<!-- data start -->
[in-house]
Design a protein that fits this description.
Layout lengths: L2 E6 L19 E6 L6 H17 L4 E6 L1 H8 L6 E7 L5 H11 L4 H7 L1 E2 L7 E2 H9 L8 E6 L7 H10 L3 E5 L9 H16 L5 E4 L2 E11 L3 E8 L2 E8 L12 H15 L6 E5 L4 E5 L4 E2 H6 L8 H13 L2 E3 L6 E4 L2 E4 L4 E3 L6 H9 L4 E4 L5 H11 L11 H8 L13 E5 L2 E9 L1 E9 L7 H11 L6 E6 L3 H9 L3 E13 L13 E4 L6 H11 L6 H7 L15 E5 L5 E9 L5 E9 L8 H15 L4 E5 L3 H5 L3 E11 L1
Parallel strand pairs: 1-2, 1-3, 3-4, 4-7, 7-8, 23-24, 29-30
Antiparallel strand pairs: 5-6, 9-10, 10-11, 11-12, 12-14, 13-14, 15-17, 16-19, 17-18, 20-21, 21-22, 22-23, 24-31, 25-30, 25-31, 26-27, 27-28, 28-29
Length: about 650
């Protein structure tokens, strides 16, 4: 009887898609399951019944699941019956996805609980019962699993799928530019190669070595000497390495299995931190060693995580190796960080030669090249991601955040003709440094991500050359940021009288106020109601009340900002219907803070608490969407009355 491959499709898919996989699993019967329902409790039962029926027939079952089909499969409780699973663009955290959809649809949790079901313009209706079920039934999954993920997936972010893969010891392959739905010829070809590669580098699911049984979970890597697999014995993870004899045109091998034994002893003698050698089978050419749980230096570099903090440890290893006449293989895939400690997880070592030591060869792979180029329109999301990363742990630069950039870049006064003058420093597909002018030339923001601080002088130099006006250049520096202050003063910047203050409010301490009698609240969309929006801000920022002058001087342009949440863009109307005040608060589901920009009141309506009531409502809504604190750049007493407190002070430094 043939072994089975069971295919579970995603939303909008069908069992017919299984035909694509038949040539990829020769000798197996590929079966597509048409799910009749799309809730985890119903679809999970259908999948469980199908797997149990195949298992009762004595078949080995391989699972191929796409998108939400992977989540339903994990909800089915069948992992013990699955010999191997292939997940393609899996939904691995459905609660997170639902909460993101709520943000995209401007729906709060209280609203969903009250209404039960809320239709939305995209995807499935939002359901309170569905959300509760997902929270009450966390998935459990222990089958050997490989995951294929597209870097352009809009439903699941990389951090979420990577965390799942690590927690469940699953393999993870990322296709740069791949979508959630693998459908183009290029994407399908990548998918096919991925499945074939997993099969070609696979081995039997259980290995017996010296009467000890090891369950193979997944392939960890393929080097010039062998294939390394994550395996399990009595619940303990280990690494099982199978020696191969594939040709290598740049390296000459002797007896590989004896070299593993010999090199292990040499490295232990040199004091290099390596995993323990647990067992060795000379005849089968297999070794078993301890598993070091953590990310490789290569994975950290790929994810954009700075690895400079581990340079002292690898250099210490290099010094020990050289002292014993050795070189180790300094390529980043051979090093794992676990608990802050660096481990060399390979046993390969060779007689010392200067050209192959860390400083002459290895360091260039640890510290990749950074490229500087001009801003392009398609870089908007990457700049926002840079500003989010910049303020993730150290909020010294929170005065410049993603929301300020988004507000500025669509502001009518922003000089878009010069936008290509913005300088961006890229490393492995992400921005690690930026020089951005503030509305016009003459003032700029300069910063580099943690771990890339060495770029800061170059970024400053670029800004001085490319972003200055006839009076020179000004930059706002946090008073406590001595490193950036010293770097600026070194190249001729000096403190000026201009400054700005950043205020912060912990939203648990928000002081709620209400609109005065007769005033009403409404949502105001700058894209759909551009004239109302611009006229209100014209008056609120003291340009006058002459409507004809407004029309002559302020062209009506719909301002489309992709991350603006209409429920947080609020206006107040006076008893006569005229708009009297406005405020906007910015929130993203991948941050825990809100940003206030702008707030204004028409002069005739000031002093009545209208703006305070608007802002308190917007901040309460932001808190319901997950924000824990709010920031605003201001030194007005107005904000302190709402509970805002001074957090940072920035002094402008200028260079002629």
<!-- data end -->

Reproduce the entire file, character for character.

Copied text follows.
[in-house]
Design a protein that fits this description.
Layout lengths: L2 E6 L19 E6 L6 H17 L4 E6 L1 H8 L6 E7 L5 H11 L4 H7 L1 E2 L7 E2 H9 L8 E6 L7 H10 L3 E5 L9 H16 L5 E4 L2 E11 L3 E8 L2 E8 L12 H15 L6 E5 L4 E5 L4 E2 H6 L8 H13 L2 E3 L6 E4 L2 E4 L4 E3 L6 H9 L4 E4 L5 H11 L11 H8 L13 E5 L2 E9 L1 E9 L7 H11 L6 E6 L3 H9 L3 E13 L13 E4 L6 H11 L6 H7 L15 E5 L5 E9 L5 E9 L8 H15 L4 E5 L3 H5 L3 E11 L1
Parallel strand pairs: 1-2, 1-3, 3-4, 4-7, 7-8, 23-24, 29-30
Antiparallel strand pairs: 5-6, 9-10, 10-11, 11-12, 12-14, 13-14, 15-17, 16-19, 17-18, 20-21, 21-22, 22-23, 24-31, 25-30, 25-31, 26-27, 27-28, 28-29
Length: about 650
């Protein structure tokens, strides 16, 4: 009887898609399951019944699941019956996805609980019962699993799928530019190669070595000497390495299995931190060693995580190796960080030669090249991601955040003709440094991500050359940021009288106020109601009340900002219907803070608490969407009355 491959499709898919996989699993019967329902409790039962029926027939079952089909499969409780699973663009955290959809649809949790079901313009209706079920039934999954993920997936972010893969010891392959739905010829070809590669580098699911049984979970890597697999014995993870004899045109091998034994002893003698050698089978050419749980230096570099903090440890290893006449293989895939400690997880070592030591060869792979180029329109999301990363742990630069950039870049006064003058420093597909002018030339923001601080002088130099006006250049520096202050003063910047203050409010301490009698609240969309929006801000920022002058001087342009949440863009109307005040608060589901920009009141309506009531409502809504604190750049007493407190002070430094 043939072994089975069971295919579970995603939303909008069908069992017919299984035909694509038949040539990829020769000798197996590929079966597509048409799910009749799309809730985890119903679809999970259908999948469980199908797997149990195949298992009762004595078949080995391989699972191929796409998108939400992977989540339903994990909800089915069948992992013990699955010999191997292939997940393609899996939904691995459905609660997170639902909460993101709520943000995209401007729906709060209280609203969903009250209404039960809320239709939305995209995807499935939002359901309170569905959300509760997902929270009450966390998935459990222990089958050997490989995951294929597209870097352009809009439903699941990389951090979420990577965390799942690590927690469940699953393999993870990322296709740069791949979508959630693998459908183009290029994407399908990548998918096919991925499945074939997993099969070609696979081995039997259980290995017996010296009467000890090891369950193979997944392939960890393929080097010039062998294939390394994550395996399990009595619940303990280990690494099982199978020696191969594939040709290598740049390296000459002797007896590989004896070299593993010999090199292990040499490295232990040199004091290099390596995993323990647990067992060795000379005849089968297999070794078993301890598993070091953590990310490789290569994975950290790929994810954009700075690895400079581990340079002292690898250099210490290099010094020990050289002292014993050795070189180790300094390529980043051979090093794992676990608990802050660096481990060399390979046993390969060779007689010392200067050209192959860390400083002459290895360091260039640890510290990749950074490229500087001009801003392009398609870089908007990457700049926002840079500003989010910049303020993730150290909020010294929170005065410049993603929301300020988004507000500025669509502001009518922003000089878009010069936008290509913005300088961006890229490393492995992400921005690690930026020089951005503030509305016009003459003032700029300069910063580099943690771990890339060495770029800061170059970024400053670029800004001085490319972003200055006839009076020179000004930059706002946090008073406590001595490193950036010293770097600026070194190249001729000096403190000026201009400054700005950043205020912060912990939203648990928000002081709620209400609109005065007769005033009403409404949502105001700058894209759909551009004239109302611009006229209100014209008056609120003291340009006058002459409507004809407004029309002559302020062209009506719909301002489309992709991350603006209409429920947080609020206006107040006076008893006569005229708009009297406005405020906007910015929130993203991948941050825990809100940003206030702008707030204004028409002069005739000031002093009545209208703006305070608007802002308190917007901040309460932001808190319901997950924000824990709010920031605003201001030194007005107005904000302190709402509970805002001074957090940072920035002094402008200028260079002629």